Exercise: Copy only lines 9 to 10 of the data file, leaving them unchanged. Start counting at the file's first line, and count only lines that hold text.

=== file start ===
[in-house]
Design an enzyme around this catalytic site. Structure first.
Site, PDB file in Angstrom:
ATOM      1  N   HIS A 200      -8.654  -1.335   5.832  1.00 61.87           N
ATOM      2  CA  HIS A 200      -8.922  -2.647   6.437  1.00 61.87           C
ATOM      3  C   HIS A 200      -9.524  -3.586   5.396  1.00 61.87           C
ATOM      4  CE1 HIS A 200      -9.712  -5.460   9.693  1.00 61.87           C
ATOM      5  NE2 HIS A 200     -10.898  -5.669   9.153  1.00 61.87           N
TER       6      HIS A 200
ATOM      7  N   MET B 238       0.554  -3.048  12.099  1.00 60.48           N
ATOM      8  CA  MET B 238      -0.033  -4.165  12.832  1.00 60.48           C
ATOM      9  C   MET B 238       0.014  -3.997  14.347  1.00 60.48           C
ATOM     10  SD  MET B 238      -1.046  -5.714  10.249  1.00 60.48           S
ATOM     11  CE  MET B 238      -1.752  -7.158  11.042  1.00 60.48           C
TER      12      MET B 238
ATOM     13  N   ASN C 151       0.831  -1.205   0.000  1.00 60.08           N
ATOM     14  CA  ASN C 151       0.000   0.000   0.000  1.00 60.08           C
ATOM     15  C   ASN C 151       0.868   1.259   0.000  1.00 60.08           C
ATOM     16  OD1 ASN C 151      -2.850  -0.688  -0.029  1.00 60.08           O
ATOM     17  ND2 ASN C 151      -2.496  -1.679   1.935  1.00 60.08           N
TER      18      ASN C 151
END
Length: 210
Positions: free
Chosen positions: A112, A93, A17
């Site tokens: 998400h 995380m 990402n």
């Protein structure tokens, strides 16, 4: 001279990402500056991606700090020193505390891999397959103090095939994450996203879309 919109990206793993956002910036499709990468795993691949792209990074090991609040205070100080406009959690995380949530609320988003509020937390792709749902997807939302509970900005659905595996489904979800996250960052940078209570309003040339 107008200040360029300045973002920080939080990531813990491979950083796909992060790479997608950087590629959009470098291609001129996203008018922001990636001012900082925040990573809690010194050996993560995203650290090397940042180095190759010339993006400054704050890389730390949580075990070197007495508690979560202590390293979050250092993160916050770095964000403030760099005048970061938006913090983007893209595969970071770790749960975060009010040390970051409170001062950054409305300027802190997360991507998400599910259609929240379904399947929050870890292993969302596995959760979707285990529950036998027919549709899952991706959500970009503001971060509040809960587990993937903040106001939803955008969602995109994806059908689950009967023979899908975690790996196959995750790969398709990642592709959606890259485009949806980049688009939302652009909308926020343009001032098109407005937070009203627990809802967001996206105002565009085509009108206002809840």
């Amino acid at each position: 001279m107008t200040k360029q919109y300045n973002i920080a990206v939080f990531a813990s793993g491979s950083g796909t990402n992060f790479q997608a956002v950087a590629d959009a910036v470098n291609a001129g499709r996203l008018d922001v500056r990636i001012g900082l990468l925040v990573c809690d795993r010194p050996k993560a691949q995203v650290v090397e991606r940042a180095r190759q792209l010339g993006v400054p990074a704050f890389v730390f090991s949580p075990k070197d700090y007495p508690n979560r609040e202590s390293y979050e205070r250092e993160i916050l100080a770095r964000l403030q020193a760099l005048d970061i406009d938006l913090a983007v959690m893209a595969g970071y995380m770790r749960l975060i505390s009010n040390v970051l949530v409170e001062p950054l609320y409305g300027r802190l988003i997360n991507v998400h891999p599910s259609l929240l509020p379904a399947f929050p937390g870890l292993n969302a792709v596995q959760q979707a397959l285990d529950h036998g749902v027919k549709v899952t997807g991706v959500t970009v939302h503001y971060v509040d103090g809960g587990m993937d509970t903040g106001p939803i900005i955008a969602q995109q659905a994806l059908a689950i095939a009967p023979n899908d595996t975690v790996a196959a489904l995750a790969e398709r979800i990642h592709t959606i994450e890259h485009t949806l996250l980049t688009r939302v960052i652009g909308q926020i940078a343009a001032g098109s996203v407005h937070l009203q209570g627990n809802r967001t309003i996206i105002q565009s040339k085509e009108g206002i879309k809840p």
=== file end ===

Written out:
TER       6      HIS A 200
ATOM      7  N   MET B 238       0.554  -3.048  12.099  1.00 60.48           N